“Somebody should do something.” by Lisa Moser

I know I am not saying anything that those of us who live the reality of rescue isn’t thinking and doesn’t know. It is our reality, every single day.
We are living a crisis. I have told any number of people over the last few weeks, I feel like that little Dutch boy. I have all 10 fingers plugging holes in the Dike and it is still leaking.
We are experiencing a hemorrhage of birds. They are pouring out of homes, closets, basements, cellars, garages, carports, you name it.
They are outliving owners. They are wearing out their welcome. They are growing up from those adorable little snuggly, cuddly baby birds that were so coveted and turning into large, confused, angry creatures that don’t understand what their place in the world is.
The want to do what Nature is telling them. They live in this grey zone. They are birds who do not know they are birds.
All they have ever known is human contact and interaction. Their confusion grows and builds as does their anger and frustration. One day it boils over and they begin to lash out. They begin to be unpredictable and unmanageable. It is always the Cockatoos…..How many of us have said that?
These are not birds that would prosper and flourish in a sanctuary setting. They have no clue about living in outdoor flights. They have lived their whole life in a home, with a family, their “flocks.” Now their flock is afraid of them so interaction stops. Out of cage time stops. The people who loved them, likely still do love them, at at a loss of how to safely handle them. They are afraid and rightfully so.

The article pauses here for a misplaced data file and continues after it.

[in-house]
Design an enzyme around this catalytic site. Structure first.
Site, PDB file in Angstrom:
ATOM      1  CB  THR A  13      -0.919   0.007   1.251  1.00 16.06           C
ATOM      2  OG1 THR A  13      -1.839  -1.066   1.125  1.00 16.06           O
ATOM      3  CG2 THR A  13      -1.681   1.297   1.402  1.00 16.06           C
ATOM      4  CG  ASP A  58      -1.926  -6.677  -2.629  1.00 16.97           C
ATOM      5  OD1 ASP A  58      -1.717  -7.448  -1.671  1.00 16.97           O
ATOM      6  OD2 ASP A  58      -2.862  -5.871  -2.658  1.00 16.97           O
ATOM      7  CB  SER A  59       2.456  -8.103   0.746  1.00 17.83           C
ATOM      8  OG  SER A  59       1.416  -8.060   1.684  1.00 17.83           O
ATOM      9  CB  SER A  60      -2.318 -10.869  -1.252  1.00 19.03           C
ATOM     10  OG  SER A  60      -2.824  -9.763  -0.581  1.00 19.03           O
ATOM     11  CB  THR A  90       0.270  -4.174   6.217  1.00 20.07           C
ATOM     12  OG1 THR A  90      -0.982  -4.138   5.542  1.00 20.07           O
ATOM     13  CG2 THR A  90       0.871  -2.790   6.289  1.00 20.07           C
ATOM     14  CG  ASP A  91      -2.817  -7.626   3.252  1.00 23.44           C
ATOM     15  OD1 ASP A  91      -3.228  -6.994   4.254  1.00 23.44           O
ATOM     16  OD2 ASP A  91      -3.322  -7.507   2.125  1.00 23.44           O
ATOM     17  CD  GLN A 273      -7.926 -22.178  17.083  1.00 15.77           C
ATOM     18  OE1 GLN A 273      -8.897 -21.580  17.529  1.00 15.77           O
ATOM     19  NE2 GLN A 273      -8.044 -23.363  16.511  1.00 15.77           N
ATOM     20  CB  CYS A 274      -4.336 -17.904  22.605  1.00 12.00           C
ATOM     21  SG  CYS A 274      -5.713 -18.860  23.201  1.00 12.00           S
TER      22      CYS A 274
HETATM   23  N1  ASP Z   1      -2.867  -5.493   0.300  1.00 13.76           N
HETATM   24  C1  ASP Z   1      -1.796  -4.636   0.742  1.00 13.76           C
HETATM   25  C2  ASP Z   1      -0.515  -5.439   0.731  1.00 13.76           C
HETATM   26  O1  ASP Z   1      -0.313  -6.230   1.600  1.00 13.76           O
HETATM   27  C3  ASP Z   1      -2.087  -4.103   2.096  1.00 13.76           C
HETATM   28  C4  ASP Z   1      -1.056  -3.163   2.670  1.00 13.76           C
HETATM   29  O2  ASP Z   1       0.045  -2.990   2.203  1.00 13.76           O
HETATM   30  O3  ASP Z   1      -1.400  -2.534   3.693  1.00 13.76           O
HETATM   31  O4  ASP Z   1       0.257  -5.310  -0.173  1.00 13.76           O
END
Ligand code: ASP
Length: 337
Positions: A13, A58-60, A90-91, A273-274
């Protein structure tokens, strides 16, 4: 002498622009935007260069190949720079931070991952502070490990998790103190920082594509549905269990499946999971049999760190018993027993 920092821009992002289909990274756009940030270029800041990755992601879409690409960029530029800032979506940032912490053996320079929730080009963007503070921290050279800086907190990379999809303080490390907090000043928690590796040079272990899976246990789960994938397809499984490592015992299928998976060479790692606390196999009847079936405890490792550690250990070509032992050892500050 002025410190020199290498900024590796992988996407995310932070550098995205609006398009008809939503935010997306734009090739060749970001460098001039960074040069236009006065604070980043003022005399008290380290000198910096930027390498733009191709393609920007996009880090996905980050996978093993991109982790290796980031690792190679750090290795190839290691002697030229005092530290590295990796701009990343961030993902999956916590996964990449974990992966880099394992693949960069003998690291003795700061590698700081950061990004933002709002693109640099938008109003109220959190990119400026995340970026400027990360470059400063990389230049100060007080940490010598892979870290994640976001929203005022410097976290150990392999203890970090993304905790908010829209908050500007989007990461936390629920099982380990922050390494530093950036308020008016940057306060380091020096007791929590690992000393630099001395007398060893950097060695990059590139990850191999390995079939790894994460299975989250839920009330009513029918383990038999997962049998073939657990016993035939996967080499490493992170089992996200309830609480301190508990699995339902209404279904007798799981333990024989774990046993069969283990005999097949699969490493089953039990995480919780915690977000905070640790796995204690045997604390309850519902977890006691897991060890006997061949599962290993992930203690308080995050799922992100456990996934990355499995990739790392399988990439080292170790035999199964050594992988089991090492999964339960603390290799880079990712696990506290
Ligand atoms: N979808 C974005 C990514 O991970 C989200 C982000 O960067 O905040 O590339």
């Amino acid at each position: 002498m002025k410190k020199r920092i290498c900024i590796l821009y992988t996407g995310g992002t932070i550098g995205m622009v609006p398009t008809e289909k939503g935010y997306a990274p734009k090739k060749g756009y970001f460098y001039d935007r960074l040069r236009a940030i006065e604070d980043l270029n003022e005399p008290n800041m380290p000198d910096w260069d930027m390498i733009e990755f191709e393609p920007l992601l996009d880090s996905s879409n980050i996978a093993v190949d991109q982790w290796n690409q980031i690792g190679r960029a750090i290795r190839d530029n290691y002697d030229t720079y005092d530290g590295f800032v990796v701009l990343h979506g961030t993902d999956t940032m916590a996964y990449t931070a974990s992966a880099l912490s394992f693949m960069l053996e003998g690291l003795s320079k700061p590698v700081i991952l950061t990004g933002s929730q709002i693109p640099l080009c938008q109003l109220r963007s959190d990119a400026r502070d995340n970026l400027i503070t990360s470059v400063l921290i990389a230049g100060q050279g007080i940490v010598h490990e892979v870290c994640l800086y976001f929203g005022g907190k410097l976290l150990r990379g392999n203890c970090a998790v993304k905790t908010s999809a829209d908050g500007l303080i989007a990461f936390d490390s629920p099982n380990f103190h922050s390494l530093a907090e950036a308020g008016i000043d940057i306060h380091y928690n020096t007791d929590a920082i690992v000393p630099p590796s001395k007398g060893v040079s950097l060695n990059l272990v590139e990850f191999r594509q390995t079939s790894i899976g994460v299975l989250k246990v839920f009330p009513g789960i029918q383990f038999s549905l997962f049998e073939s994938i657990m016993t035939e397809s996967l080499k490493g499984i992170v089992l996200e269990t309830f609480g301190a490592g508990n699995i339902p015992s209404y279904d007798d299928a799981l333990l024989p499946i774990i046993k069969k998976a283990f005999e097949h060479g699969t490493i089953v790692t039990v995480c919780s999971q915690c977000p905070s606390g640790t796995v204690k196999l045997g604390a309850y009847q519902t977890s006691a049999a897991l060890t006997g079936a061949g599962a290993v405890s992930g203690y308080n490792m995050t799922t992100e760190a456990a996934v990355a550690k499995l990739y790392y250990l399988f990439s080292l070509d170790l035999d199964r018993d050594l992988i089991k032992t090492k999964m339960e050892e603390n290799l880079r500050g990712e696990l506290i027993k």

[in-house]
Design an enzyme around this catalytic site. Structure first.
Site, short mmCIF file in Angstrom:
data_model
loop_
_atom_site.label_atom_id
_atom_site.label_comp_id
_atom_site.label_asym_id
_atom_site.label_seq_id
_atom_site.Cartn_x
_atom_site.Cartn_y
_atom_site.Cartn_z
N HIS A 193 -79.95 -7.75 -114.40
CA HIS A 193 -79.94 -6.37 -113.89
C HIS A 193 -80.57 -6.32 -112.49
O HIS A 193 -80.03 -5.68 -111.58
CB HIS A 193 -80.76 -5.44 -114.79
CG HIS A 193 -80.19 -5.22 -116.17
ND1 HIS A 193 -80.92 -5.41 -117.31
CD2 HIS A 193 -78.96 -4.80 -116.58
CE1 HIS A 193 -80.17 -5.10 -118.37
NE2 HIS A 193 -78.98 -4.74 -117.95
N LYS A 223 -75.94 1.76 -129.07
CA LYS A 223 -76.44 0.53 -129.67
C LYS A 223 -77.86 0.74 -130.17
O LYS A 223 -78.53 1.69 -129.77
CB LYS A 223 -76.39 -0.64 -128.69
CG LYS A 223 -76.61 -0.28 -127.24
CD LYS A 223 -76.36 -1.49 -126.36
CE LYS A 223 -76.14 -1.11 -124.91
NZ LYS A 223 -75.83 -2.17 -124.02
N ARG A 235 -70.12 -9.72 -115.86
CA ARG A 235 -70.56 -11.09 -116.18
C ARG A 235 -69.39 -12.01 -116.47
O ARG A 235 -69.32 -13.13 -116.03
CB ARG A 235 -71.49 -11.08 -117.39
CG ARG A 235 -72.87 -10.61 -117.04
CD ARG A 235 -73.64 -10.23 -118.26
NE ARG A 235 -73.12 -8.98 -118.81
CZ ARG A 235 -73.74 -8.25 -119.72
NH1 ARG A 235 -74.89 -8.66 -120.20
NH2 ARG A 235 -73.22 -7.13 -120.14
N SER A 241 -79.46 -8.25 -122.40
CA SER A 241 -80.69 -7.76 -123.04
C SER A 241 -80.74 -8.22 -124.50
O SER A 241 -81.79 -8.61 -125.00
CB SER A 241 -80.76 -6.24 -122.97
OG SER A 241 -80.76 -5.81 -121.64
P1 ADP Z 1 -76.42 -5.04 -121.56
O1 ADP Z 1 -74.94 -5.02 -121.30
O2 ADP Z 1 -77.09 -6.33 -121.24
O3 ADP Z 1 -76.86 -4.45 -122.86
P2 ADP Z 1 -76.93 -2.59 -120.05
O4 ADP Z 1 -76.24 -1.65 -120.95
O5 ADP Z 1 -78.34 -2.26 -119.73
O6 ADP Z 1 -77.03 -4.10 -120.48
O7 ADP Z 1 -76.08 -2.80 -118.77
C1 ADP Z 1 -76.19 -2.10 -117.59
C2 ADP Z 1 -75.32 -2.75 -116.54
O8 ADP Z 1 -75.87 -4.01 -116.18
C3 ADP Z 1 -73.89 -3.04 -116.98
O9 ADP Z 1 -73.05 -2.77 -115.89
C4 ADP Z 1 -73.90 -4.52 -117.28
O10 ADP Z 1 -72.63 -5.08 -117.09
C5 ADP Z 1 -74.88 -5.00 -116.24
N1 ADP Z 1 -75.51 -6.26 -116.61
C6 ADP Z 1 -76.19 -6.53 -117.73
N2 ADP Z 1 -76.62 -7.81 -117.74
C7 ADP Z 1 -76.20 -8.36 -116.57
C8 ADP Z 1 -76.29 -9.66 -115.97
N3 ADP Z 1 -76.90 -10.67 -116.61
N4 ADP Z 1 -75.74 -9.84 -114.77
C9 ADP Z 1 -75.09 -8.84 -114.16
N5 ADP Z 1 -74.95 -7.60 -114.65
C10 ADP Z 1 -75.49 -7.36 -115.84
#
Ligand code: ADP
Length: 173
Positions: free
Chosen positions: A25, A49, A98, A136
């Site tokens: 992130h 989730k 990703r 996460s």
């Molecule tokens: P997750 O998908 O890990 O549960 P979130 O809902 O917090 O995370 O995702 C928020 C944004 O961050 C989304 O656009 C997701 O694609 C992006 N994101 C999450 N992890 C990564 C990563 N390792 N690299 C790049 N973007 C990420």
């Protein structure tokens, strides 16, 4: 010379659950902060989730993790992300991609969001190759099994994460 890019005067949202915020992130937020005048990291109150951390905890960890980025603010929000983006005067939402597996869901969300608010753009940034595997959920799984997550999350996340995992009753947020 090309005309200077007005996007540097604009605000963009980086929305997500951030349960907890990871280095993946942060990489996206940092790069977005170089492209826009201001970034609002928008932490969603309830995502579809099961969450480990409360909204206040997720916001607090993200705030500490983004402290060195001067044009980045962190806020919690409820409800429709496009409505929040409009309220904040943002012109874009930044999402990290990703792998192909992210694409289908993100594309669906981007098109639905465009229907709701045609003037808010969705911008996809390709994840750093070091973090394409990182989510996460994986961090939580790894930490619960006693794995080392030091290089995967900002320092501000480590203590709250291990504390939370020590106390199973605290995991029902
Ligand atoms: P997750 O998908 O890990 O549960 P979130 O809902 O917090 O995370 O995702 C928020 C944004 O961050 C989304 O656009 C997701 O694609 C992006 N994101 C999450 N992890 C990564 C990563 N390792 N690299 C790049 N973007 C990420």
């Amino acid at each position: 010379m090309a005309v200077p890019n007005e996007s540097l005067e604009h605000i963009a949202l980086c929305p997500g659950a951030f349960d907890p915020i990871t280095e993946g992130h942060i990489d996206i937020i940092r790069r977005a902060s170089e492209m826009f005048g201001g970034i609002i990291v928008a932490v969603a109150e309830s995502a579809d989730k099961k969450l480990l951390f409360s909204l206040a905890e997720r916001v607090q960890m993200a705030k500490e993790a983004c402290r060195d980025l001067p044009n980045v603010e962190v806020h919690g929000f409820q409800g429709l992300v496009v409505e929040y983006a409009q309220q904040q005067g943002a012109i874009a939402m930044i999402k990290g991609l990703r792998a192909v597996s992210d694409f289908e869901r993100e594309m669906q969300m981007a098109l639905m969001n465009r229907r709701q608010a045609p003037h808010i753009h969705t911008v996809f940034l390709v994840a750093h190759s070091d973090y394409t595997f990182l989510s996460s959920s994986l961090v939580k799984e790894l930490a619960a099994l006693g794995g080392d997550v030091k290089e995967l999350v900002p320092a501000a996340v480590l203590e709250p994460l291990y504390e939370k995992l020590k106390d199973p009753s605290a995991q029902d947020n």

Rescues are being flooded with them. Rescues are turning them away because we are full to bursting. People are hardly lining up to adopt an aggressive, unpredictable Cockatoo.
So what are the answers?
I am not saying I have them. I am thinking, crying, soul searching. These are the ones who are making my heart bleed. What are we going to do?
I dream of a way that I can do more. I dream of a way to make a place for THESE guys.
How to start? I don’t know yet. I have some ideas rolling through my head. They are still swirling but I will keep on until they meld into a coherent and solid plan.
All the while more of these babies are being pumped out. I see the ads from the brokers and the breeders and the bird fairs. Those who choose to pretend there isn’t a crisis. Those who stand to gain from trying to convince you how wonderful your life will be if you get a baby Cockatoo. Where will they be 10-15 years from now when you have a psychotic male Umbrella trying to dismember you when you try to change their bowls or clean their cages? Where are they when you neighbors 3 blocks away are calling the police because your Mollucan is making their windows shake? Where are they when he has plucked all of his feathers and opened up his chest in trying to find a way to channel the pain and turmoil that he feels. Where are they as he sits in his cage like a ghost of a living creature so turned inside of himself that he has given up in his spirit?